Doukhan - Tension of SDA Identity Formatted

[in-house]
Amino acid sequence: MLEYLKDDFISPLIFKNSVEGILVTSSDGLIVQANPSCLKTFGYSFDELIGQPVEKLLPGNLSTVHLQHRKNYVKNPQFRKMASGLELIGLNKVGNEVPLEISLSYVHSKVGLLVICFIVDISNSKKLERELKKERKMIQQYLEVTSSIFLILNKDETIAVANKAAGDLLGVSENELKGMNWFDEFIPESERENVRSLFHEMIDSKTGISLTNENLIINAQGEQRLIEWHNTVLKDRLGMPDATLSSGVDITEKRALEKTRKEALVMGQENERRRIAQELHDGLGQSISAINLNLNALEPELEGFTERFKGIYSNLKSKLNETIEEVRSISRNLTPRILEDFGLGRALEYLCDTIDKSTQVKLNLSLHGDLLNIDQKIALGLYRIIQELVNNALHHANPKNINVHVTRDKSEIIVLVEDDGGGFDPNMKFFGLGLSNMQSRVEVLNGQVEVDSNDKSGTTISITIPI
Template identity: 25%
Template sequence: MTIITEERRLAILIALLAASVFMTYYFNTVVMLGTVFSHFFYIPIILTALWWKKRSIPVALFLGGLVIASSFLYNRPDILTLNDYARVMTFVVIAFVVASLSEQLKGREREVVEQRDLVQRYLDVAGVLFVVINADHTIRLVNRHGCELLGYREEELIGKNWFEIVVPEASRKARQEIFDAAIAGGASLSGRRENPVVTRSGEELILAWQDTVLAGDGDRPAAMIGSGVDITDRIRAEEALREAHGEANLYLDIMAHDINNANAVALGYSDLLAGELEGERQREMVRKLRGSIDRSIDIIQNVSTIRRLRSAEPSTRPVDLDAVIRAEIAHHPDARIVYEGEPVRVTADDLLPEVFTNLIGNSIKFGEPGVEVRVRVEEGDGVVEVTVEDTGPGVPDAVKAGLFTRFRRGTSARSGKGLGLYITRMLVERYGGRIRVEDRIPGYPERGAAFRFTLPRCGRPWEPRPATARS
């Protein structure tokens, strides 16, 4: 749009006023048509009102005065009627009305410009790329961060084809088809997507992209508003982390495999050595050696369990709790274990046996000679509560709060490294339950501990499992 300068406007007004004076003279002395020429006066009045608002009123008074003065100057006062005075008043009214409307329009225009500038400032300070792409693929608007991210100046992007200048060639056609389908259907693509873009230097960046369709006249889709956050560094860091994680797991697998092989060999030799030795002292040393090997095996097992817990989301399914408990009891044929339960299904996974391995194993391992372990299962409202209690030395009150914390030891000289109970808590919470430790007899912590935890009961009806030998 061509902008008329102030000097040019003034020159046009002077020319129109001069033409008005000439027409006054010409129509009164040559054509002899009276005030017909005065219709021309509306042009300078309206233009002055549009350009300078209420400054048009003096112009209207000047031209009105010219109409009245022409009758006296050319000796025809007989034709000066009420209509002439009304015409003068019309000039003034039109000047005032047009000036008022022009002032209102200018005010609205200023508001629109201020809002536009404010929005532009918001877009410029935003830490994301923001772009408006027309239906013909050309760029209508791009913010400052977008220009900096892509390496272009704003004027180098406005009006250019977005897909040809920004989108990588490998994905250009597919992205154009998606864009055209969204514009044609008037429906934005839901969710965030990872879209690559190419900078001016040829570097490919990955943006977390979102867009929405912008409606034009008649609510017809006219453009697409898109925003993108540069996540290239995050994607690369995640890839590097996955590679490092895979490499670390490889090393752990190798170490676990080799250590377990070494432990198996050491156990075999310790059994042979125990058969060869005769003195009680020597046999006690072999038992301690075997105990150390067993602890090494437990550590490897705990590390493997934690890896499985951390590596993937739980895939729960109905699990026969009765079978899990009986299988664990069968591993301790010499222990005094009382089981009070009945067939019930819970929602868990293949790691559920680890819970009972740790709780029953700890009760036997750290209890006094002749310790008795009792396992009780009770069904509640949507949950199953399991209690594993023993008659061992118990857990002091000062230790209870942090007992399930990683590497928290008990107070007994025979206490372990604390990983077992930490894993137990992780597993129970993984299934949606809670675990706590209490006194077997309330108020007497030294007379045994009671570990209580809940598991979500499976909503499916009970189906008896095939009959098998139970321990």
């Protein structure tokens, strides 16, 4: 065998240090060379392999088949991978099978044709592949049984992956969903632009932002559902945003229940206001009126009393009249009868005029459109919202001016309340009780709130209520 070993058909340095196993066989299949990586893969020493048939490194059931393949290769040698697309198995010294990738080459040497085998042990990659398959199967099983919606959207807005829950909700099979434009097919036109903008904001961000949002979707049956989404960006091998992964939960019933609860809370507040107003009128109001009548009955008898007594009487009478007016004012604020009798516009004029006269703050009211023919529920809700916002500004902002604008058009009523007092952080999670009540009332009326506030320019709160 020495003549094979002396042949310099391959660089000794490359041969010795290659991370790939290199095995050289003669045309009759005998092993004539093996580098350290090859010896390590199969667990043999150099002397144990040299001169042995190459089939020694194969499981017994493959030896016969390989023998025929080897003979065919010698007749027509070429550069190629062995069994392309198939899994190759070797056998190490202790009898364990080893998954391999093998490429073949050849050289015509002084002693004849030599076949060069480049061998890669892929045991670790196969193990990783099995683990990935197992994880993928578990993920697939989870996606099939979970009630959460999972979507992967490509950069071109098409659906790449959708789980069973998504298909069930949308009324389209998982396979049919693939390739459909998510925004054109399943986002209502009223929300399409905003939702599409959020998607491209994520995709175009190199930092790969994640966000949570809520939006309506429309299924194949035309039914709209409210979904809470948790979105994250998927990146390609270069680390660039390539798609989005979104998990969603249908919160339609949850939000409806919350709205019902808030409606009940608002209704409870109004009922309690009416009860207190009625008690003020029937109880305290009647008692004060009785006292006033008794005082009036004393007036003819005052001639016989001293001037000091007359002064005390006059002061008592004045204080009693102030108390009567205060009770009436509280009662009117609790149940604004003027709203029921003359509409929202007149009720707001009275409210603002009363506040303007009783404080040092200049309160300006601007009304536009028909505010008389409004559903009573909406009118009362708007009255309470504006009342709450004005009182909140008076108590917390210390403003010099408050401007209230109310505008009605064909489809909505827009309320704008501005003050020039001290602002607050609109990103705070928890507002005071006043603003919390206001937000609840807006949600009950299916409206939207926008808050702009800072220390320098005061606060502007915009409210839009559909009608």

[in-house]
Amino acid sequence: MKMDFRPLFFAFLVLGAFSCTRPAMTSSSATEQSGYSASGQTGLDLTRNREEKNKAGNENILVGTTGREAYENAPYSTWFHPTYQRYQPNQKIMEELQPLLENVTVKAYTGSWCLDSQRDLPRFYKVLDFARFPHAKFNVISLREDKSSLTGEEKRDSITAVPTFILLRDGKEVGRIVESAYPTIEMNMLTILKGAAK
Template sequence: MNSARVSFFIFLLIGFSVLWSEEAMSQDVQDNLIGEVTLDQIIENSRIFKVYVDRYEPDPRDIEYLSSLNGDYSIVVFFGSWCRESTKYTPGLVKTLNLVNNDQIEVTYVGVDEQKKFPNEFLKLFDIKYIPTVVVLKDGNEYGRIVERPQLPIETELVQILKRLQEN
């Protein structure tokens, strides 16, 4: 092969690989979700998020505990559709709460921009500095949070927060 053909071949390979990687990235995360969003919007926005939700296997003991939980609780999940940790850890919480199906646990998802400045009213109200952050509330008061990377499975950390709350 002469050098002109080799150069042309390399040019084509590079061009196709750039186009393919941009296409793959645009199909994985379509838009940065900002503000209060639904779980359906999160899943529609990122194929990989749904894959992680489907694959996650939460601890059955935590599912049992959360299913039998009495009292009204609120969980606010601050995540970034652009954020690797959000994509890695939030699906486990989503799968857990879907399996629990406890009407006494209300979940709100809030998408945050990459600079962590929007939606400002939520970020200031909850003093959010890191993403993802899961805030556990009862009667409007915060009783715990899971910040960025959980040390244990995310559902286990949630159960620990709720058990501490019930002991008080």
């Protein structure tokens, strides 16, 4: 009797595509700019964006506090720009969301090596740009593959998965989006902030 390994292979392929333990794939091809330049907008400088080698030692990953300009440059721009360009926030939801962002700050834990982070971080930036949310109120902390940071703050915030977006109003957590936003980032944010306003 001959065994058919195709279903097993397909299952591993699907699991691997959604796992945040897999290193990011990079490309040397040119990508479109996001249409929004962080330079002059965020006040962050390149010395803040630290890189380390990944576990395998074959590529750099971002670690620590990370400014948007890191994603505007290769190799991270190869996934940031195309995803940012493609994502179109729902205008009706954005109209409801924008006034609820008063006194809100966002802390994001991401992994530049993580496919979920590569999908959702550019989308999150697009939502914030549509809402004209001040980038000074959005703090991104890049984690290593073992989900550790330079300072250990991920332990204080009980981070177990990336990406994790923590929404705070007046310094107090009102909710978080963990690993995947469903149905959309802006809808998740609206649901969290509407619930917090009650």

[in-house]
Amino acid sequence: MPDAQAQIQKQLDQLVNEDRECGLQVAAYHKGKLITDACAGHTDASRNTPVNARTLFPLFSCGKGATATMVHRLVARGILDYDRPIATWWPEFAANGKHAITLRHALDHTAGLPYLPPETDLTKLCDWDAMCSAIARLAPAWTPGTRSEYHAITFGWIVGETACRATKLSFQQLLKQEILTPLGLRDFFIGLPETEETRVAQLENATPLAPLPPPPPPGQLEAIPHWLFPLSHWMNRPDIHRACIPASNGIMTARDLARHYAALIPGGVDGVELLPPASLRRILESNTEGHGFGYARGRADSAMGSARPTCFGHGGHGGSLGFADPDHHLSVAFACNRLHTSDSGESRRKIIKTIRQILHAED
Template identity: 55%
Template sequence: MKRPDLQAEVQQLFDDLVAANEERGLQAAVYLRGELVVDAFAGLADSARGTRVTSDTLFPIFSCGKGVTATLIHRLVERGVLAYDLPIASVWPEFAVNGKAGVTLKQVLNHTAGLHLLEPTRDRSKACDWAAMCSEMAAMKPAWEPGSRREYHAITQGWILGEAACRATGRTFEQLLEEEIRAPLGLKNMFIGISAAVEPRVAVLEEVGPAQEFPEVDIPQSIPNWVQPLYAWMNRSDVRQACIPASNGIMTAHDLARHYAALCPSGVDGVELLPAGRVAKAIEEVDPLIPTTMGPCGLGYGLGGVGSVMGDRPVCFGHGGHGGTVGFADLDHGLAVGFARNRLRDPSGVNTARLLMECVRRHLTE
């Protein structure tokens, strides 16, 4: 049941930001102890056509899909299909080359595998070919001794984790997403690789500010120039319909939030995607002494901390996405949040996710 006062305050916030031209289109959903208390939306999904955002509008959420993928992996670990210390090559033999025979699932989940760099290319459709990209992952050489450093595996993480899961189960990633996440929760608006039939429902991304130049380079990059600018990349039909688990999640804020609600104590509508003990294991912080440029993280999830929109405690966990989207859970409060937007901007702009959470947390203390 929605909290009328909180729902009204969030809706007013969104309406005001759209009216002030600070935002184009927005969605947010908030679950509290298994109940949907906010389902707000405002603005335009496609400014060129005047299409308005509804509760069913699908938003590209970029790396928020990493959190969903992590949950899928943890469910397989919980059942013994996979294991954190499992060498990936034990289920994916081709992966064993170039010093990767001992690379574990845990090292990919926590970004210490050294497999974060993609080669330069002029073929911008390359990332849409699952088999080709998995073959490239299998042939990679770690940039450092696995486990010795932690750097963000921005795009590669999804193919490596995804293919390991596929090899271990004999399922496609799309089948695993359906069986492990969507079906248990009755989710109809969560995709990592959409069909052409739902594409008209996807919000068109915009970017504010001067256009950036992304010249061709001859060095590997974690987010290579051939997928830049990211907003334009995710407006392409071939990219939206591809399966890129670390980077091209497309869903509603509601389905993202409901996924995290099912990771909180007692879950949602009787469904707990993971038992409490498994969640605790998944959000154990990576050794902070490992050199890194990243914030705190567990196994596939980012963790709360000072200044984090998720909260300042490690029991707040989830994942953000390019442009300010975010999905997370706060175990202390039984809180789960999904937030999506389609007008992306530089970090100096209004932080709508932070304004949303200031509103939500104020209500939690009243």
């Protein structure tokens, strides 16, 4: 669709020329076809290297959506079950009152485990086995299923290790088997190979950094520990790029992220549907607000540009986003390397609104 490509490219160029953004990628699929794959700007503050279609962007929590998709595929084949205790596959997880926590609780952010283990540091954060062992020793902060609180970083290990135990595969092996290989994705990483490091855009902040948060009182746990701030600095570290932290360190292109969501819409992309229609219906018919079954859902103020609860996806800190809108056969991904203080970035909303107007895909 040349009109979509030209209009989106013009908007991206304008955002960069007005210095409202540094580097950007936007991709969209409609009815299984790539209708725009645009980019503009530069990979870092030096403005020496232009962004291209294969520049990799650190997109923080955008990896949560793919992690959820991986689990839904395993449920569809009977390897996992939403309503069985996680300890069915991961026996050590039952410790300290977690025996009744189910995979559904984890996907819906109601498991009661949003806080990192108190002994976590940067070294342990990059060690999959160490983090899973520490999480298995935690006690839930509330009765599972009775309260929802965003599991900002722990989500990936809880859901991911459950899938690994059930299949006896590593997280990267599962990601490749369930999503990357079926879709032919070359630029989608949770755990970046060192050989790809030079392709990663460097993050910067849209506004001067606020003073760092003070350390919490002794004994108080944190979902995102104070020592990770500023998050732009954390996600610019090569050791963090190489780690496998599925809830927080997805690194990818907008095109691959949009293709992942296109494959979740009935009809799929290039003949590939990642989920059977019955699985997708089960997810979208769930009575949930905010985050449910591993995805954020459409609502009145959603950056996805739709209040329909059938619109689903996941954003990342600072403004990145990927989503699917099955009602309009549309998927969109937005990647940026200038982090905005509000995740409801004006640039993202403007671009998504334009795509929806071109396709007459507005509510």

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  Journal of the Adventist Theological Society, 26/1 (2015): 29-37. Article copyright © 2015 by Jacques Doukhan. The Tension of Seventh-day AdventistIdentity: An Existential & EschatologicalPerspective Jacques DoukhanSeventh-day Adventist Theological Seminary Andrews University Introduction: “As his name is, so he is” (1 Sam 25:25) Many of us have struggled with the name of “Seventh-day Adventist.”I still vividly remember a funny incident when I was in the army. Themilitary clerk asked me one day “what is your religion?” I said “seventh-day Adventist.” To my amazement the clerk wrote down “dentist.” We haveall experienced some kind of embarrassment in regard to this name. To thatnatural embarrassment, which has essentially to do with ignorance, I wouldlike to add another difficulty. So far we have understood the name as a meredescription of our theological identity. The difficulty I am referring   to isthat our name while objectively describing the components of our faithcarries also a tension that makes in fact the essence of our identity. Definition of Tension: Two Irreconcilable Worlds Our name is made of a tension between two irreconcilable worlds. Thistension hits us already on a primary level: Our name is made of twoopposite entities. The phrase “seventh day” is made of a number “7,” which puts us immediately in the concrete realm of figures, the tangible reality of the accountant. It is also made of the word “day” which propels us intotime, into our present life. Through this phrase we are precisely connectedto the time of the week and to the time of history. Through this phrase weare confronted with existence and we belong to the course of history. Theword “Adventist,” on the other hand, is an abstract word whose meaning is 29   J  OURNAL OF THE  A  DVENTIST T   HEOLOGICAL S  OCIETY  not clear immediately. It is a word which is generally not translated in other languages. While we translate the phrase “seventh day” in other languageswe normally leave the word “Adventist” intact and loaded with mysteriousand intriguing meaning. While the phrase “seventh day” connects us withearthly existence and human history the word “Adventist” takes us to thefuture of history, what comes after human history and belongs to the prophetic domain, pointing to the heavenly order. While the phrase“seventh day” confronts us with the present reality of the earthly city andmakes us breathe with the rhythm of time “under heaven” (Eccl 3:1), theword “Adventist” takes us away from here and makes us dream and prayand hope for the coming of the kingdom of heaven, and strengthens in our heart the sense of “eternity” (Eccl 3:11). Interestingly, Abraham Heschelhad in mind the same kind of tension when in his own categories and hisown terms he pondered the following observation: “Citizens of two realms,we all sustain a dual allegiance: we sense the ineffable in one realm, wename and exploit reality in another, between the two we set up a system of references, but we can never fill the gap. They are as far and as close toeach other as time and calendar, as life and what lies beyond the last breath.” 1  It is the purpose of this paper to examine the specific nature of thetension of Seventh-day Adventism, as it is testified in the two poles of thisname. I will analyze the various theological applications of eachcomponent, “seventh-day” and “Adventist,” respectively tracing itsexistential and its eschatological dimensions. I will consider the possible bridges between these two irreconcilable worlds and then explore lessonsin regard to our identity, who we are or who we should be. Seventh-day The seventh-day Sabbath is more than “not Sunday.” It is more than thereclamation of one day versus the other day; being that, the seventh-daySabbath carries profound and significant theological perspectives. It is firstof all the denial of the medieval contemptus mundi ; it is the affirmation of our connection with this creation, with this time and with this history. Contrary to Marcion and many of his Christian followers who embracedSunday (which they see as the day of resurrection, and hence of the 1  Abraham Joshua Heschel,  Man Is Not Alone: A Philosophy of Religion , (New York:Farrar, Straus and Giroux, 1976), 8-9. 30   D OUKHAN  :   T   ENSION OF S   EVENTH  -  DAY  A  DVENTIST  I   DENTITY  deliverance from the physical body), in order to deny the value of materialcreation including our human body and to exalt instead the spiritual realitiessuch as the soul, the seventh-day Sabbath celebrates God’s gift of creation.This means that seventh-day Sabbath keepers ought to affirm the value of their body. What we eat, what we drink and what we breathe, the way wetreat our body, our attention to our physical reality is a part of our attentionto the seventh-day Sabbath. For seventh-day keepers religion is a concretematter which implies the physical reality of flesh. This also means thatseventh-day keepers should not have a problem with involving the realityof their money and their physical blessings in their religious expression.Giving tithes is like Sabbath another affirmation of our faith in creation andhence the recognition that all belongs to the Creator (Lev 27:30; cf. Ps 24:2;Gen 14:19-21). The “yes” to creation which is contained in seventh-daykeeping implies also an attention to the reality of this world. Ecologicalconcerns and care for the problems of environment as well as sensitivity tothe beauty of creation and sensual enjoyment of creation are directapplications to that attention. The “yes” to creation is a “yes” to the joy of life. The seventh-day Sabbath connects us with the human reality of thisworld, with our family (Lev 19:3), but also with our servants and our employees and with the foreigner (Ex 20:10), as well as with the animals of creation (Ex 20:10). The ministries of ADRA and of religious liberty are not just social expressions of our Christian love, or some kind of PR ornamentsto impress and seduce the secular world, or just a strategic foreword preparing for the rest of our religious message; they are an inherent part of our religious message: they are rooted in the seventh-day Sabbath, whichcalls for that responsibility. The seventh-day Sabbath should also mark our connection with humanhistory; for it is not only the reminder of God’s act of creation (Ex 20:11)it is also the sign of God’s work in history (Deut 5:15); it conveys themessage of  Immanuel “God with us” and is the mark of His incarnation, notonly in the historical person of Jesus Christ but also in His word, thecanonical Scriptures; it contains therefore a powerful affirmation of thevalue of learning and searching the human expressions of the propheticvoice. It is an appeal to the use of our mind and our intelligence in the questfor truth and in the construction of our religious life and thinking. Theseventh-day Sabbath takes us into the heart of the Law (see its structuralcentrality in the Decalogue), which commands us to incarnate our piety intothe facts of life. It reminds us that religion is not just made of prayers and 31   J  OURNAL OF THE  A  DVENTIST T   HEOLOGICAL S  OCIETY  spiritual meditation; it is essentially an obedience that governs our dailylife, in our relationships with ourselves, the world and our neighbor (Prov15:9; 21:3). In a nutshell, the “seventh-day Sabbath” component is whatmakes us human, real and present in this world, a dimension that wasemphasized by Jesus: “the Sabbath was made for man” (Mark 2:27). Adventist The word “Adventist” takes us in the opposite direction; it separates usfrom this world and this time and fuels our eschatological thinking.Contrary to the traditional emphasis of evangelical and existentialtheologies which like to emphasize the spiritual kingdom of God in our  present relationship with God and insist on the present salvation throughimmediate access to the heavenly paradise by the soul, we fundamentally proclaim an event which belongs to the “not yet” and pertains to theheavenly order: the future coming of our Lord Jesus Christ from heaven andthe instauration of the heavenly kingdom. For us the actual event of salvation is not subjective, a sentimental or an existential encounter, or anindividual translation at our death. Salvation is cosmic by nature and has notyet occurred, although it has been anticipated and guaranteed through theevent of the cross, and although God is intensely present in our livesthrough His blessings and our religious experiences. We have understoodthat salvation srcinates in heaven, in God’s grace and does not depend onhuman endeavor or tradition. We believe in the spatial reality of a heavenlysanctuary in which the process of salvation is being decided and shaped. Wemeditate over the meaning of the heavenly Day of Atonement whichcharacterizes our time of the end and affects our prophetic identity as peopleof the last days. We hope in the future resurrection of the dead and the creation of a newand “glorious” body with the gift of eternal life. We also hope in the futurecreation of new heavens and earth where we will live forever and in perfect peace in the actual Presence of the Lord. All these set ups may be deemedas utopic because they pertain to realities and concepts that are totallyforeign to our human experience. They are not, however, the product of our  poetic imagination; this is not a scenario of science fiction. These are thingswhich we could not even imagine, things, “eye has not seen, nor ear heard,nor have entered into the heart of man the things which God has preparedfor those who love Him” (1 Cor 2:9). We came to believe in theunbelievable through revelation (1 Cor 2:10). It is that “Adventist” 32